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**BESSEL FUNCTIONS OF THE FIRST KIND, J _{ν} (x ) **

Bessel functions appear in a wide variety of physical problems. Separation of the Helmholtz, or wave, equation in circular cylindrical coordinates led to Bessel’s equation. we will see that the Helmholtz equation in spherical polar coordinates also leads to a form of Bessel’s equation. Bessel functions may also appear in integral form — integral representations. This may result from integral transforms or from the mathematical elegance of starting the study of Bessel functions with Hankel functions.

Bessel functions and closely related functions form a rich area of mathematical analysis with many representations, many interesting and useful properties, and many interrelations.

**Generating Function for Integral Order **

Although Bessel functions are of interest primarily as solutions of differential equations, it is instructive and convenient to develop them from a completely different approach, that of the generating function.1 This approach also has the advantage of focusing on the functions themselves rather than on the differential equations they satisfy. Let us introduce a function of two variables,

(11.1)

Expanding this function in a Laurent series, we obtain

(11.2)

It is instructive to compare Eq. (11.2) with the equivalent Eqs. (11.23) and (11.25).

The coefﬁcient of t^{n} ,J_{n} (x ), is deﬁned to be a Bessel function of the ﬁrst kind, of integral order n. Expanding the exponentials, we have a product of Maclaurin series in xt /2 and −x/2t , respectively,

Here, the summation index r is changed to n, with n = r − s and summation limits n =−s to ∞, and the order of the summations is interchanged, which is justiﬁed by absolute convergence. The range of the summation over n becomes −∞ to ∞, while the summation over s extends from max(−n, 0) to ∞. For a given s we get t^{n} (n ≥ 0) from r = n + s :

The coefﬁcient of t^{n} is then ^{2}

This series form exhibits is behavior of the Bessel function J_{n} (x ) for small x and permits numerical evaluation of J_{n} (x ). The results for J_{0} ,J_{1} , and J_{2} are shown in Fig. 11.1. the error in using only a ﬁnite number of terms of this alternating series in numerical evaluation is less than the ﬁrst term omitted. For instance, if we want J_{n} (x )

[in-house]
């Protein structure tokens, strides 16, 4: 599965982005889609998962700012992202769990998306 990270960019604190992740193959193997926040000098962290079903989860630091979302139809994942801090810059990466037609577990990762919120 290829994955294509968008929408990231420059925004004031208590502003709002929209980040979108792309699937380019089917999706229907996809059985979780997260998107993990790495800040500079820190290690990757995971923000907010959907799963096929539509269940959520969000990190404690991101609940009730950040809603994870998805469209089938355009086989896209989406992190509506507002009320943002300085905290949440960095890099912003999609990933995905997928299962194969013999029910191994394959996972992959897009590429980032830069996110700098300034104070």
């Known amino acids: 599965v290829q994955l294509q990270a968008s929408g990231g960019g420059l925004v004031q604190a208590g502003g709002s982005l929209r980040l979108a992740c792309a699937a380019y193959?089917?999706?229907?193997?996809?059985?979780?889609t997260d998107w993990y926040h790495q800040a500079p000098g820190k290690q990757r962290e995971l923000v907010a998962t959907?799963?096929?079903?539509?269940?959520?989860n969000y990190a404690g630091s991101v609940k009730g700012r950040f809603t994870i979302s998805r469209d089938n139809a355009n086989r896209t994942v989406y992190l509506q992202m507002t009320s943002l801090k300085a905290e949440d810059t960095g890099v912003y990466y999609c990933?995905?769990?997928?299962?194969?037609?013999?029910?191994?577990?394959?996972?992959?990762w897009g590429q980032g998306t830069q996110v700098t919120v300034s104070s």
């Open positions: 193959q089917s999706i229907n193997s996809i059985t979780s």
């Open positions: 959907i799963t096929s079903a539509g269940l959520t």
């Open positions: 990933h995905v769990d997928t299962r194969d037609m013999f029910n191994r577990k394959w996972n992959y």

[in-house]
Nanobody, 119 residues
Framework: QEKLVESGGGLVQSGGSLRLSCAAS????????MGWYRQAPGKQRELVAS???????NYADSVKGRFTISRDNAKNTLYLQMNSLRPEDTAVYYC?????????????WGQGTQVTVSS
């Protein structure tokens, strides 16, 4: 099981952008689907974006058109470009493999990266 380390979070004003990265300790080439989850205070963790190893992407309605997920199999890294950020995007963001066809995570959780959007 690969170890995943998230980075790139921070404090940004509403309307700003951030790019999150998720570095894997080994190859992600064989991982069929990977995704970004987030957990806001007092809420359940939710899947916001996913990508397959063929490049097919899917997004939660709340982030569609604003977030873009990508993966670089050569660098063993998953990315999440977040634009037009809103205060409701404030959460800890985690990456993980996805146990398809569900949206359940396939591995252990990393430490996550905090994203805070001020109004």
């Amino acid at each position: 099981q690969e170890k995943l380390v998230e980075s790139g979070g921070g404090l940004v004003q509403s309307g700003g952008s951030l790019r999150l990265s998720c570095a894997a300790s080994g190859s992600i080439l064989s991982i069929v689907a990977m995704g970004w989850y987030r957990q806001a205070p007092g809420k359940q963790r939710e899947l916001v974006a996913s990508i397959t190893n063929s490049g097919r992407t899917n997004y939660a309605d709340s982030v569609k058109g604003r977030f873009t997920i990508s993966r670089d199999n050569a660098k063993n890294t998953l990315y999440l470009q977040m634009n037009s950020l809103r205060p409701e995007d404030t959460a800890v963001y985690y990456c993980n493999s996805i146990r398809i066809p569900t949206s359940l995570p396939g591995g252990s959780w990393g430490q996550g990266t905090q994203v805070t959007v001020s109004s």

to ±1% accuracy, the ﬁrst term alone of Eq. (11.5) will sufﬁce, provided the ratio of the second term to the ﬁrst is less than 1% (in magnitude) or x< 0.2(n + 1)^{1/2} . The Bessel functions oscillate but are not periodic — except in the limit as x →∞ (Section 11.6). The amplitude of J_{n} (x ) is not constant but decreases asymptotically as x^{ −1/2} . (See Eq.(11.137) for this envelope.)

For n< 0, Eq. (11.5) gives

Since n is an integer (here), (s − n)!→∞ for s = 0,...,(n − 1). Hence the series may be considered to start with s = n. Replacing s by s + n, we obtain

showing immediately that J_{n} (x ) and J−n (x ) are not independent but are related by

These series expressions (Eqs. (11.5) and (11.6)) may be used with n replaced by ν to deﬁne J_{ν }(x ) and J_{−ν} (x ) for nonintegral ν (compare Exercise 11.1.7).

**Recurrence Relations**

The recurrence relations for J_{n} (x ) and its derivatives may all be obtained by operating on the series, Eq. (11.5), although this requires a bit of clairvoyance (or a lot of trial and error). Veriﬁcation of the known recurrence relations is straightforward, Exercise 11.1.7.

Here it is convenient to obtain them from the generating function, g(x , t ). Differentiating both sides of Eq. (11.1) with respect to t , we ﬁnd that

and substituting Eq. (11.2) for the exponential and equating the coefﬁcients of like powers of t ,^{3} we obtain

This is a three-term recurrence relation. Given J_{0} and J_{1} , for example, J_{2} (and any other integral order J_{n} ) may be computed.

Differentiating Eq. (11.1) with respect to x ,wehave

Again, substituting in Eq. (11.2) and equating the coefﬁcients of like powers of t , we obtain the result

(11.12)

As a special case of this general recurrence relation,

(11.13)

Adding Eqs. (11.10) and (11.12) and dividing by 2, we have

(11.14)

Multiplying by x^{ n} and rearranging terms produces

(11.15)

(11.16)

Multiplying by x −n and rearranging terms, we obtain

(11.17)

**Bessel’s Differential Equation **

Suppose we consider a set of functions Z_{ν} (x ) that satisﬁes the basic recurrence relations (Eqs. (11.10) and (11.12)), but with ν not necessarily an integer and Z_{ν} not necessarily given by the series (Eq. (11.5)). Equation (11.14) may be rewritten (n → ν) as

(11.18)

On differentiating with respect to x ,wehave

(11.19)

Multiplying by x and then subtracting Eq. (11.18) multiplied by ν gives us

(11.20)

Now we rewrite Eq. (11.16) and replace n by ν − 1:

(11.21)

Using Eq. (11.21) to eliminate Z_{ν −1} and Z_{ν}′_{ −1 }from Eq. (11.20), we ﬁnally get

(11.22)

which is Bessel’s ODE. Hence any functions Z_{ν} (x ) that satisfy the recurrence relations (Eqs. (11.10) and (11.12), (11.14) and (11.16), or (11.15) and (11.17)) satisfy Bessel’s equation; that is, the unknown Z_{ν} are Bessel functions. In particular, we have shown that the functions J_{n} (x ), deﬁned by our generating function, satisfy Bessel’s ODE. If the argument is kρ rather than x , Eq. (11.22) becomes

**Integral Representation**

A particularly useful and powerful way of treating Bessel functions employs integral representations. If we return to the generating function (Eq. (11.2)), and substitute t = e^{iθ} ,we get

in which we have used the relations

and so on.

In summation notation,

equating real and imaginary parts of Eq. (11.23).

By employing the orthogonality properties of cosine and sine,

in which n and m are positive integers (zero is excluded), we obtain

If these two equations are added together,

As a special case (integrate Eq. (11.25) over (0,π ) to get)

Noting that cos(x sin θ) repeats itself in all four quadrants, we may write Eq. (11.30) as

On the other hand, sin(x sin θ) reverses its sign in the third and fourth quadrants, so